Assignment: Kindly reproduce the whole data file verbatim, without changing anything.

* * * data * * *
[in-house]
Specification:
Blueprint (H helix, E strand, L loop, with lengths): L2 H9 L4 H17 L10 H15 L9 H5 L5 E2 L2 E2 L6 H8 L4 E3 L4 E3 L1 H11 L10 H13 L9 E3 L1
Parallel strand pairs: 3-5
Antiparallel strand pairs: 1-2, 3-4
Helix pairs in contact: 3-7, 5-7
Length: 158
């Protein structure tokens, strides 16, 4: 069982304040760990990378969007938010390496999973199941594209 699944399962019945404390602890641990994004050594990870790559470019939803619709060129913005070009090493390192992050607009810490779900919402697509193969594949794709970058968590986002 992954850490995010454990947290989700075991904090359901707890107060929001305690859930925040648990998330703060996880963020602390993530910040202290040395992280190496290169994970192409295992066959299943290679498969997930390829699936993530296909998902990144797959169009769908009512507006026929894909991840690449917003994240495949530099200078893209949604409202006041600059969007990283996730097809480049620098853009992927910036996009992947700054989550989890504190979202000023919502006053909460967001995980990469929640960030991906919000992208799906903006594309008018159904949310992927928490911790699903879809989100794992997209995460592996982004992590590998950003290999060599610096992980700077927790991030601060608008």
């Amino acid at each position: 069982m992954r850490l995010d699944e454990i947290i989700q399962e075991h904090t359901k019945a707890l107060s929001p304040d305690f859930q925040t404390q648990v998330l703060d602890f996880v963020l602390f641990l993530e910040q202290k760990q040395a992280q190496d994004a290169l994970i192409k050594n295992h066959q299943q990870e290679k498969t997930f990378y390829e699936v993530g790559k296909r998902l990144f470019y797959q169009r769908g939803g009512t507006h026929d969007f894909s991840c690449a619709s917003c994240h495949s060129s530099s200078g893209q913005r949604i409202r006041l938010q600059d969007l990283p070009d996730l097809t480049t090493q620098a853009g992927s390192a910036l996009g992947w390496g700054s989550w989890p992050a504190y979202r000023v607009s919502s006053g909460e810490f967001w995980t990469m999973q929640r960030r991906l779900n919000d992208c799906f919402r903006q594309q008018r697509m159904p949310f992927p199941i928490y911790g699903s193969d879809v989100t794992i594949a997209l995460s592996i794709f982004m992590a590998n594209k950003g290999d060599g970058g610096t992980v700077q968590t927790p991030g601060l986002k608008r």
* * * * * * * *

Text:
[in-house]
Specification:
Blueprint (H helix, E strand, L loop, with lengths): L2 H9 L4 H17 L10 H15 L9 H5 L5 E2 L2 E2 L6 H8 L4 E3 L4 E3 L1 H11 L10 H13 L9 E3 L1
Parallel strand pairs: 3-5
Antiparallel strand pairs: 1-2, 3-4
Helix pairs in contact: 3-7, 5-7
Length: 158
């Protein structure tokens, strides 16, 4: 069982304040760990990378969007938010390496999973199941594209 699944399962019945404390602890641990994004050594990870790559470019939803619709060129913005070009090493390192992050607009810490779900919402697509193969594949794709970058968590986002 992954850490995010454990947290989700075991904090359901707890107060929001305690859930925040648990998330703060996880963020602390993530910040202290040395992280190496290169994970192409295992066959299943290679498969997930390829699936993530296909998902990144797959169009769908009512507006026929894909991840690449917003994240495949530099200078893209949604409202006041600059969007990283996730097809480049620098853009992927910036996009992947700054989550989890504190979202000023919502006053909460967001995980990469929640960030991906919000992208799906903006594309008018159904949310992927928490911790699903879809989100794992997209995460592996982004992590590998950003290999060599610096992980700077927790991030601060608008």
């Amino acid at each position: 069982m992954r850490l995010d699944e454990i947290i989700q399962e075991h904090t359901k019945a707890l107060s929001p304040d305690f859930q925040t404390q648990v998330l703060d602890f996880v963020l602390f641990l993530e910040q202290k760990q040395a992280q190496d994004a290169l994970i192409k050594n295992h066959q299943q990870e290679k498969t997930f990378y390829e699936v993530g790559k296909r998902l990144f470019y797959q169009r769908g939803g009512t507006h026929d969007f894909s991840c690449a619709s917003c994240h495949s060129s530099s200078g893209q913005r949604i409202r006041l938010q600059d969007l990283p070009d996730l097809t480049t090493q620098a853009g992927s390192a910036l996009g992947w390496g700054s989550w989890p992050a504190y979202r000023v607009s919502s006053g909460e810490f967001w995980t990469m999973q929640r960030r991906l779900n919000d992208c799906f919402r903006q594309q008018r697509m159904p949310f992927p199941i928490y911790g699903s193969d879809v989100t794992i594949a997209l995460s592996i794709f982004m992590a590998n594209k950003g290999d060599g970058g610096t992980v700077q968590t927790p991030g601060l986002k608008r």